In its struggle to turn around years of losses across its clothing brands, global retailer Gap Inc. is pulling back on its brick-and-mortar expansion plans for the rest of the year as it scrambles to cut potential expenses.
The San Francisco-based company will spend about $25 million less on expanding its real estate portfolio this year, reducing its capital expenditure expectations to $525 million, down from its earlier $550 million estimate. The reduced investment will result in fewer openings for its Old Navy and Athleta labels, long considered its “growth brands.”
While the retailer reported improved margins and narrowed losses through the first quarter of the year, it hasn’t been enough to make up for across-the-board declines across its labels, which could fall even further as the company tries to simplify its operational structure and recover from a series of mismanagement stumbles, interim CEO Bob Martin said.
“We understand that we have surfaced all of these issues before, and the work has been derailed for far too long,” Martin told analysts on the company’s earnings call Thursday. “We need to get back on a path toward delivering consistent results and improving our near-term execution. These are not one-and-done cost-cutting exercises. They’re part of a mindset and cultural shift that will be part of our culture moving forward, and we’ll continue to look at any additional opportunities to optimize our cost-cutting structure for the longer term.”
As part of its corporate streamlining effort, the company last month laid off about 1,800 employees, more than three times the 500 positions it laid off in September last year. Combined, the two layoff rounds have cut roughly 25% of its headquarters roles as it looks to “reduce its management layers,” Martin said.
The retailer — which owns brands including its namesake Gap label, Banana Republic, Old Navy and Athleta — reported a net loss of $18 million for the quarter ending April 29, a significant improvement compared to the $162 million it lost for the same period last year. The company is also in the final stages of putting some Gap and Banana Republic outposts on the chopping block as part of a restructuring plan to close 350 locations by 2023.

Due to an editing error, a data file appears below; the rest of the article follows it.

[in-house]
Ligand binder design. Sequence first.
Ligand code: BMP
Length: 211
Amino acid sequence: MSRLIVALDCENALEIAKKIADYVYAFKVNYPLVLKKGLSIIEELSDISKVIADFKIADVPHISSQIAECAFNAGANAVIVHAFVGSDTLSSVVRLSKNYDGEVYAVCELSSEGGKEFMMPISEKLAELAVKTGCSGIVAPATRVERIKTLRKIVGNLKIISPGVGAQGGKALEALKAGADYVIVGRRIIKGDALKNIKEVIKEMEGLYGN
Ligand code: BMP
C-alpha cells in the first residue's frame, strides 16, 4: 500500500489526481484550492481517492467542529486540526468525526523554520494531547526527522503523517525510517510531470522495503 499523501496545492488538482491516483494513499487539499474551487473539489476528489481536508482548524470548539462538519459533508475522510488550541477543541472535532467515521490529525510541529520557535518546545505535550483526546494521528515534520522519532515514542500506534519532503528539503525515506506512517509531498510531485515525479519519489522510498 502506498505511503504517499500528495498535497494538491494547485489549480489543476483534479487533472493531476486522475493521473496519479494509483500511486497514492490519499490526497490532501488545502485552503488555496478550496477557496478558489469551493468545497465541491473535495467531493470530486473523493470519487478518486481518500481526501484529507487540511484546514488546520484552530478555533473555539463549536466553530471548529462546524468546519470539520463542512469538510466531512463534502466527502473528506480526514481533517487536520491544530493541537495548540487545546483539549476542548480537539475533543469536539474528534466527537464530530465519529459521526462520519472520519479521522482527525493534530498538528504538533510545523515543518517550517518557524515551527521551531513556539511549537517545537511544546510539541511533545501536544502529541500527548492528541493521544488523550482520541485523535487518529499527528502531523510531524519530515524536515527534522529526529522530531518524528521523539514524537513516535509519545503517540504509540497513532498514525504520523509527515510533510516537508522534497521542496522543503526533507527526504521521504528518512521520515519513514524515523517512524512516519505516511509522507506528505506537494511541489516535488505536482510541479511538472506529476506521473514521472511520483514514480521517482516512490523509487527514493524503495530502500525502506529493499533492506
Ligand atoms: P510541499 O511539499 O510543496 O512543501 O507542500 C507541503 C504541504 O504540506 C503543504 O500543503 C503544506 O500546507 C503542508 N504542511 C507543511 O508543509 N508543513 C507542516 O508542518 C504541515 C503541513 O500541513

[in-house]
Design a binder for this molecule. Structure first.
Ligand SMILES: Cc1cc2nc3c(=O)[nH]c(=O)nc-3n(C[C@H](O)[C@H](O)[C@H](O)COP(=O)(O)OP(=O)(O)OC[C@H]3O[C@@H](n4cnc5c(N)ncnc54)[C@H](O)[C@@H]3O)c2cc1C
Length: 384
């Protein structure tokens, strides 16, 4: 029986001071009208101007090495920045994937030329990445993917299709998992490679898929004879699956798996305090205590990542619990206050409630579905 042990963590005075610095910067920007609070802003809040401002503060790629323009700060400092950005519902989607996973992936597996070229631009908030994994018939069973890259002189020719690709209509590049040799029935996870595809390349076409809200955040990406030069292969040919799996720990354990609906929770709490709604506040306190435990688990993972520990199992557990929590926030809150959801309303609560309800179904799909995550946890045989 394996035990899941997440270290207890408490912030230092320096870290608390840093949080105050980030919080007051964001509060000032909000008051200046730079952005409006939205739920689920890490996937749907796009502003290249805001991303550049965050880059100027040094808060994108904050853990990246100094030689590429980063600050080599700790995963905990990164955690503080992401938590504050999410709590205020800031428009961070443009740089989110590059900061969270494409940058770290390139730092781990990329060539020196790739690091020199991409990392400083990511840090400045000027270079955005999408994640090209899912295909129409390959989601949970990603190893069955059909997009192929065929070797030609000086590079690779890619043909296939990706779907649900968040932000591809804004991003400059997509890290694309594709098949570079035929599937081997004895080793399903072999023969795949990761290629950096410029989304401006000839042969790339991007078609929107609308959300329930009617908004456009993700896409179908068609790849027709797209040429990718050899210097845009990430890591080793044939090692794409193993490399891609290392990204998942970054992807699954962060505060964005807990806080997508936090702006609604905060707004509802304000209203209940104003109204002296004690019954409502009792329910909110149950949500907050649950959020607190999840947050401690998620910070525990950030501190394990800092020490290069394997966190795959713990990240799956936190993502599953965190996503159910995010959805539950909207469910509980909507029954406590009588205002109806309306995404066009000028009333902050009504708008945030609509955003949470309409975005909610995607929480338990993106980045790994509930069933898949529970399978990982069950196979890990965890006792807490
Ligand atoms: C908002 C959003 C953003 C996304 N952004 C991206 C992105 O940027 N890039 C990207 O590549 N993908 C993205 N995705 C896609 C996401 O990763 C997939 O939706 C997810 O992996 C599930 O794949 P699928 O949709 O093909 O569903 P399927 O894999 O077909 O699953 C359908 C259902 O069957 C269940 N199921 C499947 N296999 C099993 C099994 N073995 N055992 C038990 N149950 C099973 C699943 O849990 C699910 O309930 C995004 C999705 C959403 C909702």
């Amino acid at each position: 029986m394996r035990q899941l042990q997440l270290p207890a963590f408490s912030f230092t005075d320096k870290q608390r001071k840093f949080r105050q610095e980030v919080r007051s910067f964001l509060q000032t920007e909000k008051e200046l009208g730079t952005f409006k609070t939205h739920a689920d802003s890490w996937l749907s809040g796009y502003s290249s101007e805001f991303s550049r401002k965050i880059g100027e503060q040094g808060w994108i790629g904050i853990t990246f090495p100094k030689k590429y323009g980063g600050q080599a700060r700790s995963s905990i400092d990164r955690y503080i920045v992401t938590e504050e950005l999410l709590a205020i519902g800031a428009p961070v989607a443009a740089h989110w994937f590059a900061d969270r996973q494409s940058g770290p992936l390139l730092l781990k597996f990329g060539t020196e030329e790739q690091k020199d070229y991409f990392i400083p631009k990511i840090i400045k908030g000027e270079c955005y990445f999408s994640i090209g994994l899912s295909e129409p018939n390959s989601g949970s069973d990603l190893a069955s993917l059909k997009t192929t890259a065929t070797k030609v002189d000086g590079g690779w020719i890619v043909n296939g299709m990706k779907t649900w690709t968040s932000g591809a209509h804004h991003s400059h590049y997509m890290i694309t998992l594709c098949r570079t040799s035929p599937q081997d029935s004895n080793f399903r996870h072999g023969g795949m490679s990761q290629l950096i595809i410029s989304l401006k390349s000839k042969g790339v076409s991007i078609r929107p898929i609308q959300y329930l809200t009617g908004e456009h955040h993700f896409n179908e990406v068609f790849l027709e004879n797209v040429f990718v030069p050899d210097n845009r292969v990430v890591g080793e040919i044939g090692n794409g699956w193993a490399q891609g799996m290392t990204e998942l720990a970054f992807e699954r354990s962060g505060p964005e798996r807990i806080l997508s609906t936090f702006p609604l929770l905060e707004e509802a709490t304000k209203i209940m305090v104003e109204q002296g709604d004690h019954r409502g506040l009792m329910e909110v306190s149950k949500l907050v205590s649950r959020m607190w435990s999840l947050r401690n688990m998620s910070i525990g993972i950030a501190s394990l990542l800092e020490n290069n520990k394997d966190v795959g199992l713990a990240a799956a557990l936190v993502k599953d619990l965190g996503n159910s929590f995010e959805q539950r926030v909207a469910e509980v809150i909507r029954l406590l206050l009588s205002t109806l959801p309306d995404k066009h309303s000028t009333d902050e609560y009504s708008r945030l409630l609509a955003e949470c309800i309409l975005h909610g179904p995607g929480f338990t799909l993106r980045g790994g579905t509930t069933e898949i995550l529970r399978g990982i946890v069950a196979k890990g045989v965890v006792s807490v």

“We have worked aggressively on our store fleet over the last three years,” Chief Financial Officer Katrina O’Connell said on the earnings call. “Are we done? I don’t know, but we’re largely through the lion’s share of the restructuring activity that had to be done. The balance of the remaining fleet is relatively healthy, so we have to stay focused on keeping that fleet healthy.”
Gap Inc. closed 13 North America locations across all its brands in the first quarter, six of which were Banana Republic outposts. Its retail real estate footprint across the continent now spans about 2,410 locations that encompass nearly 30 million square feet, according to Securities and Exchange Commission filings.
The cost-cutting efforts’ impact on the company’s real estate portfolio will mean opening about 30 stores before the end of this year. Roughly one-third of those will be new Old Navy locations, and the remaining two-thirds for its athleisure label Athleta. That is down from the 35 locations the company had originally expected to open throughout 2023.
A majority of retailers across the country have bounced back from any pandemic-era dips as customers return to in-person shopping. Even though some shoppers are pulling back as a result of inflationary and recessionary concerns, the National Retail Federation estimates sales through the rest of this year will hit as much as $5.23 million, up 6% compared to last year.
Gap Inc., however, is a different story, said Neil Saunders, the managing director of analytics company GlobalData.
“While some of the decline can be chalked up to the ongoing closure of poorly performing stores, most is a consequence of Gap’s continued internal missteps and its failure to adapt to changing consumer tastes and circumstances,” Saunders said in a statement to CoStar News. “As a hurricane of disruption rages around it, blowing away chunks of market share, Gap sits idly by hoping that all will be well. Despite management’s warm words about lasting change permeating the organization, we see very little tangible proof of fundamental adaptation.”